International Literacy Day 2015: Literacy and Sustainable Societies

International Literacy Day 2015 celebrated around the world on 8 September to highlight literacy “as a human right, as a force for dignity, and as a foundation for cohesive societies and sustainable development” as the UNESCO Director-General, Irina Bokova, explains in her message for the Day. “Literacy is essential to reach the proposed sustainable development goal to promote ‘inclusive and equitable quality education and lifelong learning for all,” Ms Bokova adds.

This year’s main event is the Global Meeting on Literacy and Sustainable Societies. Taking place at UNESCO’s Headquarters in Paris on 8 and 9 September, it is held alongside the International Literacy Prize awards ceremony. Notably participants at the event include the Director-General of UNESCO, the Second Vice President of Afghanistan, Mohammad Sarwar Danish, the Minister of Education of Egypt, Moheb Mahmoud Kamel al-Rafei, and United Nations Special Rapporteur on the Right to Education, Kishore Singh, to name but a few. 

The Global Meeting brings together nearly 100 United Nations and government representatives, donors, national and international non-governmental organizations, representatives of the private sector and experts from 34 countries to promote youth and adult literacy as a key component of the post-2015 development agenda.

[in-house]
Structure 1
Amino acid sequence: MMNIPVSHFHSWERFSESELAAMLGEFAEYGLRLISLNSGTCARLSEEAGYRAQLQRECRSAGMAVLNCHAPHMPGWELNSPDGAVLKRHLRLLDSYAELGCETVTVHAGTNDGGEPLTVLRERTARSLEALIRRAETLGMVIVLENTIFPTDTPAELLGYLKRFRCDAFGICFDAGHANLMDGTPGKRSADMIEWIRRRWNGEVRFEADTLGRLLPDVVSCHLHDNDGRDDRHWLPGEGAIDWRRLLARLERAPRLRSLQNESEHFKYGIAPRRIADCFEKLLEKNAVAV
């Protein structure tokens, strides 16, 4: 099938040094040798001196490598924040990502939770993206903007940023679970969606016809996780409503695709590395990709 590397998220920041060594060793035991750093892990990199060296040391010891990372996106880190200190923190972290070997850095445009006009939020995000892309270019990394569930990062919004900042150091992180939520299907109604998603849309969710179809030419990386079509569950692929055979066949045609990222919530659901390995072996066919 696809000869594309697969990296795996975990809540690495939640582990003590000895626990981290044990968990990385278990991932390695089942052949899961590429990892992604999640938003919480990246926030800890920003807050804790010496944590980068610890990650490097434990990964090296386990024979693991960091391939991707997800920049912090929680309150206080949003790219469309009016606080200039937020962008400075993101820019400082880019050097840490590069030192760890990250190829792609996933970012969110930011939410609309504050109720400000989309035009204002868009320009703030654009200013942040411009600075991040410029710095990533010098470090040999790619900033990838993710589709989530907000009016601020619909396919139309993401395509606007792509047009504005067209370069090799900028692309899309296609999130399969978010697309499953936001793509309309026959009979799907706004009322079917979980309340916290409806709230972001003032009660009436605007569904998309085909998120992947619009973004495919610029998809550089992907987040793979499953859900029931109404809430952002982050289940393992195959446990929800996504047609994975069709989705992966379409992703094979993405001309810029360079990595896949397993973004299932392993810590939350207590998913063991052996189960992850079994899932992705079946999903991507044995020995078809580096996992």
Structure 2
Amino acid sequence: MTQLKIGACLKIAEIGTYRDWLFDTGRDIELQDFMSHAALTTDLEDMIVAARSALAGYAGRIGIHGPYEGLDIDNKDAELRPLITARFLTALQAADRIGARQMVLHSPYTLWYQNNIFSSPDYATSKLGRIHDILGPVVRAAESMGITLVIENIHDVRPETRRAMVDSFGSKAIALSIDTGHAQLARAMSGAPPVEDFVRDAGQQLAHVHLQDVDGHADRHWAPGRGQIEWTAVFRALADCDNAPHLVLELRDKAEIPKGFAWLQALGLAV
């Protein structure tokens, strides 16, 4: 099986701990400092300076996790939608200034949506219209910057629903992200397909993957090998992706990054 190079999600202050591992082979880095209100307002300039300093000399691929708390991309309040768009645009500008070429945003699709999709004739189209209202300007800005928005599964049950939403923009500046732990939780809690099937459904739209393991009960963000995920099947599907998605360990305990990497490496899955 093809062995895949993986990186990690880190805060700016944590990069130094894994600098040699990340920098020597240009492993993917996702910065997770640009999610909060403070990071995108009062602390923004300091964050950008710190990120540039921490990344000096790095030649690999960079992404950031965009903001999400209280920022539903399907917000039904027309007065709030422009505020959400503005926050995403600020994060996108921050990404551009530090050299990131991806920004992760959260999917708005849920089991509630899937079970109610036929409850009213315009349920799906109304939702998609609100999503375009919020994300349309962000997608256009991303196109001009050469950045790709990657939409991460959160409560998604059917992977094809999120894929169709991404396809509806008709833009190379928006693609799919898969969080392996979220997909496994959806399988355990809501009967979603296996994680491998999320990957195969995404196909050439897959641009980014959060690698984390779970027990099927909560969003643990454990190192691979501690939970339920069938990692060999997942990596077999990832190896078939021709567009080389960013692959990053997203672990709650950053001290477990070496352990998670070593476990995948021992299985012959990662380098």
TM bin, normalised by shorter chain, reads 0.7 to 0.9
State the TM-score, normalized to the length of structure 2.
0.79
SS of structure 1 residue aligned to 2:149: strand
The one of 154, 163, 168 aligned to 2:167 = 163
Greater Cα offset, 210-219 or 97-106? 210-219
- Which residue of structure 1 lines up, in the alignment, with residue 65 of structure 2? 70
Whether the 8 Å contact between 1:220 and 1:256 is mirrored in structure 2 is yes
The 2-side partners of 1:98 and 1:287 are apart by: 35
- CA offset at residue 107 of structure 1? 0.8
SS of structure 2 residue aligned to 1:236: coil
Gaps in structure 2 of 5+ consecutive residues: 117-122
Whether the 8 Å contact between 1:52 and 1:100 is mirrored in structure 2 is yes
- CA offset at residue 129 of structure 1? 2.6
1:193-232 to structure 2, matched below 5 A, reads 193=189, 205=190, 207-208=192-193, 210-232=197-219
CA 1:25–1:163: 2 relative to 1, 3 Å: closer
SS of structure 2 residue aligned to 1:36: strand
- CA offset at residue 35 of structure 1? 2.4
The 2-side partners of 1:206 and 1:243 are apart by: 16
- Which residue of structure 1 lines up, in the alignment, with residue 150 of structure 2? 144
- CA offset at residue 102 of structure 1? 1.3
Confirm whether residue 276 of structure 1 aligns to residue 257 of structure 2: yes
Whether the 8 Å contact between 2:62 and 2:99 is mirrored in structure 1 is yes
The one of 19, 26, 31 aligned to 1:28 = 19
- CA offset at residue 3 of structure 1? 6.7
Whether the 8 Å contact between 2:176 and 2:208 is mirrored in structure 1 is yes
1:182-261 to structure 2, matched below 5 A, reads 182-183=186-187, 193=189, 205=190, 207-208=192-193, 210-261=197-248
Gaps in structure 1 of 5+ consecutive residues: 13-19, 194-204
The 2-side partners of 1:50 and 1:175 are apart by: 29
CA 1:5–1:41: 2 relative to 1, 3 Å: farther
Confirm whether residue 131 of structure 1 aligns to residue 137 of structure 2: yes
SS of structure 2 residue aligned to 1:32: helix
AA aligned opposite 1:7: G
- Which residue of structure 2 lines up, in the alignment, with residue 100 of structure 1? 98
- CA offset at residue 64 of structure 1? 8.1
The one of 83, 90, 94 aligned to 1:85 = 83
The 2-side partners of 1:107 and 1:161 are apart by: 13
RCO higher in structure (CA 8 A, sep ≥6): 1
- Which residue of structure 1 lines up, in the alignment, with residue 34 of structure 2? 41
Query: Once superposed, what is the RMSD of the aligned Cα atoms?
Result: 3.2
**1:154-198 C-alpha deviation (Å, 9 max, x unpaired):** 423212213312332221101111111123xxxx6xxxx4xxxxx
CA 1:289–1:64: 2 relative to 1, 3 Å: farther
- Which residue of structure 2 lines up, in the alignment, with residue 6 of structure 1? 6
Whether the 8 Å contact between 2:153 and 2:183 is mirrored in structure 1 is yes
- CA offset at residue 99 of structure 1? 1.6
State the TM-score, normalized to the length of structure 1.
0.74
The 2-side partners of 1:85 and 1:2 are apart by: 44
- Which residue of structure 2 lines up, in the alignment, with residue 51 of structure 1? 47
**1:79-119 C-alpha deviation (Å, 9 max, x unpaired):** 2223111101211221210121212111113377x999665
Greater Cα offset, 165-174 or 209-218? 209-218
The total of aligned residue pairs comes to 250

Despite progress worldwide since 2000 when the Education for All (EFA) and the Millennium Development Goals (MDGs) were adopted, some challenges are yet to be overcome. In 2000, the international community pledged to reduce illiteracy rates by 50 per cent by 2015 but, according to the UNESCO Institute for Statistics (UIS), most countries have missed that deadline.

According to the UIS, 757 million adults worldwide, two thirds of them women, still lack basic literacy skills. The number of out-of-school children and adolescents is on the rise, standing at 124 million, and approximately 250 million children of primary school age are failing to master basic literacy skills even while at school. Challenges also exist in high-income countries. According to the European Literacy Policy Network one in five adults in Europe lacks the basic literacy skills to understand the instructions on a medicine bottle.

Participants at the Global Meeting are bringing their contribution to the 2030 vision of literacy, exploring ways to reinforce the interrelations between sustainable development and literacy in light of the Sustainable Development Goals, which will be adopted by the international community at the UN General Assembly Summit later this month.

In the words of the UNESCO Director-General in her Literacy Day message: “We need greater investment and more effective policies to embed action for literacy within wider development policies, supported by innovative mechanisms that generate positive synergies across all policy areas that are vital to building more just and cohesive societies.”


Events marking Literacy Day are scheduled all over the world. See our Literacy Day website for more information.